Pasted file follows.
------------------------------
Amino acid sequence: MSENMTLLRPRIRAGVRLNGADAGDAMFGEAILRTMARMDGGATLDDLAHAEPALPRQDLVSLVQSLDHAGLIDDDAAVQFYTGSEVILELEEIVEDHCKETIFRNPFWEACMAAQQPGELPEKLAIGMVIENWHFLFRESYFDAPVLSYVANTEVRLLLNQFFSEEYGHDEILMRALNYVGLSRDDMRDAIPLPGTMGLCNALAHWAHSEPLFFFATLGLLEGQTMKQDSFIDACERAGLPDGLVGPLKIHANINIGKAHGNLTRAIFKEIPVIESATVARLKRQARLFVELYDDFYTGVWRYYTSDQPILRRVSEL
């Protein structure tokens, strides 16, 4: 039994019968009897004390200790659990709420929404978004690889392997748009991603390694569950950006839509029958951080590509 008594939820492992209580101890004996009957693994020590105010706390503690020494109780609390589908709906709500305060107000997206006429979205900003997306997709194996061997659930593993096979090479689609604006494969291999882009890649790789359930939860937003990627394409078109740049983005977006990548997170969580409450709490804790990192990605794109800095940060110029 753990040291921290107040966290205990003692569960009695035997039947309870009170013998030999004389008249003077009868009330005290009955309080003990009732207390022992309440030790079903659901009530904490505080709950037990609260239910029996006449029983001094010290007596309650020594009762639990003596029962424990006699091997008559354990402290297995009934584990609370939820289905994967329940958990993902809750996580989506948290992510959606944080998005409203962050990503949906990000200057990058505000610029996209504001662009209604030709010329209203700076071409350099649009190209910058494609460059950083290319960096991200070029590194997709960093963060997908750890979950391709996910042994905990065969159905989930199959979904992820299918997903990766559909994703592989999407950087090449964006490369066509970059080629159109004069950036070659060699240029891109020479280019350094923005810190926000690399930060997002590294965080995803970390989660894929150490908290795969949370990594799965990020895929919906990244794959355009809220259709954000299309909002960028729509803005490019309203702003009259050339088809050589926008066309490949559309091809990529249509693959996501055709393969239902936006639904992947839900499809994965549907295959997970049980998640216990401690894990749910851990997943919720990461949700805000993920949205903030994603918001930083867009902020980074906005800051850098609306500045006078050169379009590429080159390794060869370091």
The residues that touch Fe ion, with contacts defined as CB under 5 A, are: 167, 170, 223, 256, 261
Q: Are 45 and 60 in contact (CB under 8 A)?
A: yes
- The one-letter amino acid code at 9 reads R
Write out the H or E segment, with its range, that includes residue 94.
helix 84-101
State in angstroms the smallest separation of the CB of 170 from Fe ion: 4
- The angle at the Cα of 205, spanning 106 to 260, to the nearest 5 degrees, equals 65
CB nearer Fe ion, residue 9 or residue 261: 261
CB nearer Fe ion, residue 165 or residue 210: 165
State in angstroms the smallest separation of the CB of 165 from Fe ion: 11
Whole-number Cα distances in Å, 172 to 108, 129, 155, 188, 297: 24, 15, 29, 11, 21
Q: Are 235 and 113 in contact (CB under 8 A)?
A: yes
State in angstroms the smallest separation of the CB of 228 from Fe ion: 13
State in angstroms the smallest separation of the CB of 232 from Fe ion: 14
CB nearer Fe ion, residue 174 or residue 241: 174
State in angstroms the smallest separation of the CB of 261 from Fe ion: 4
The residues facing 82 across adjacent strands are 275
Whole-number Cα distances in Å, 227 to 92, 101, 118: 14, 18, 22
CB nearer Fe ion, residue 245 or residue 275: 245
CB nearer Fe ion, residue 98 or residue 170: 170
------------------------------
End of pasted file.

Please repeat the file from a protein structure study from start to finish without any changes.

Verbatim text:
Amino acid sequence: MSENMTLLRPRIRAGVRLNGADAGDAMFGEAILRTMARMDGGATLDDLAHAEPALPRQDLVSLVQSLDHAGLIDDDAAVQFYTGSEVILELEEIVEDHCKETIFRNPFWEACMAAQQPGELPEKLAIGMVIENWHFLFRESYFDAPVLSYVANTEVRLLLNQFFSEEYGHDEILMRALNYVGLSRDDMRDAIPLPGTMGLCNALAHWAHSEPLFFFATLGLLEGQTMKQDSFIDACERAGLPDGLVGPLKIHANINIGKAHGNLTRAIFKEIPVIESATVARLKRQARLFVELYDDFYTGVWRYYTSDQPILRRVSEL
């Protein structure tokens, strides 16, 4: 039994019968009897004390200790659990709420929404978004690889392997748009991603390694569950950006839509029958951080590509 008594939820492992209580101890004996009957693994020590105010706390503690020494109780609390589908709906709500305060107000997206006429979205900003997306997709194996061997659930593993096979090479689609604006494969291999882009890649790789359930939860937003990627394409078109740049983005977006990548997170969580409450709490804790990192990605794109800095940060110029 753990040291921290107040966290205990003692569960009695035997039947309870009170013998030999004389008249003077009868009330005290009955309080003990009732207390022992309440030790079903659901009530904490505080709950037990609260239910029996006449029983001094010290007596309650020594009762639990003596029962424990006699091997008559354990402290297995009934584990609370939820289905994967329940958990993902809750996580989506948290992510959606944080998005409203962050990503949906990000200057990058505000610029996209504001662009209604030709010329209203700076071409350099649009190209910058494609460059950083290319960096991200070029590194997709960093963060997908750890979950391709996910042994905990065969159905989930199959979904992820299918997903990766559909994703592989999407950087090449964006490369066509970059080629159109004069950036070659060699240029891109020479280019350094923005810190926000690399930060997002590294965080995803970390989660894929150490908290795969949370990594799965990020895929919906990244794959355009809220259709954000299309909002960028729509803005490019309203702003009259050339088809050589926008066309490949559309091809990529249509693959996501055709393969239902936006639904992947839900499809994965549907295959997970049980998640216990401690894990749910851990997943919720990461949700805000993920949205903030994603918001930083867009902020980074906005800051850098609306500045006078050169379009590429080159390794060869370091």
The residues that touch Fe ion, with contacts defined as CB under 5 A, are: 167, 170, 223, 256, 261
Q: Are 45 and 60 in contact (CB under 8 A)?
A: yes
- The one-letter amino acid code at 9 reads R
Write out the H or E segment, with its range, that includes residue 94.
helix 84-101
State in angstroms the smallest separation of the CB of 170 from Fe ion: 4
- The angle at the Cα of 205, spanning 106 to 260, to the nearest 5 degrees, equals 65
CB nearer Fe ion, residue 9 or residue 261: 261
CB nearer Fe ion, residue 165 or residue 210: 165
State in angstroms the smallest separation of the CB of 165 from Fe ion: 11
Whole-number Cα distances in Å, 172 to 108, 129, 155, 188, 297: 24, 15, 29, 11, 21
Q: Are 235 and 113 in contact (CB under 8 A)?
A: yes
State in angstroms the smallest separation of the CB of 228 from Fe ion: 13
State in angstroms the smallest separation of the CB of 232 from Fe ion: 14
CB nearer Fe ion, residue 174 or residue 241: 174
State in angstroms the smallest separation of the CB of 261 from Fe ion: 4
The residues facing 82 across adjacent strands are 275
Whole-number Cα distances in Å, 227 to 92, 101, 118: 14, 18, 22
CB nearer Fe ion, residue 245 or residue 275: 245
CB nearer Fe ion, residue 98 or residue 170: 170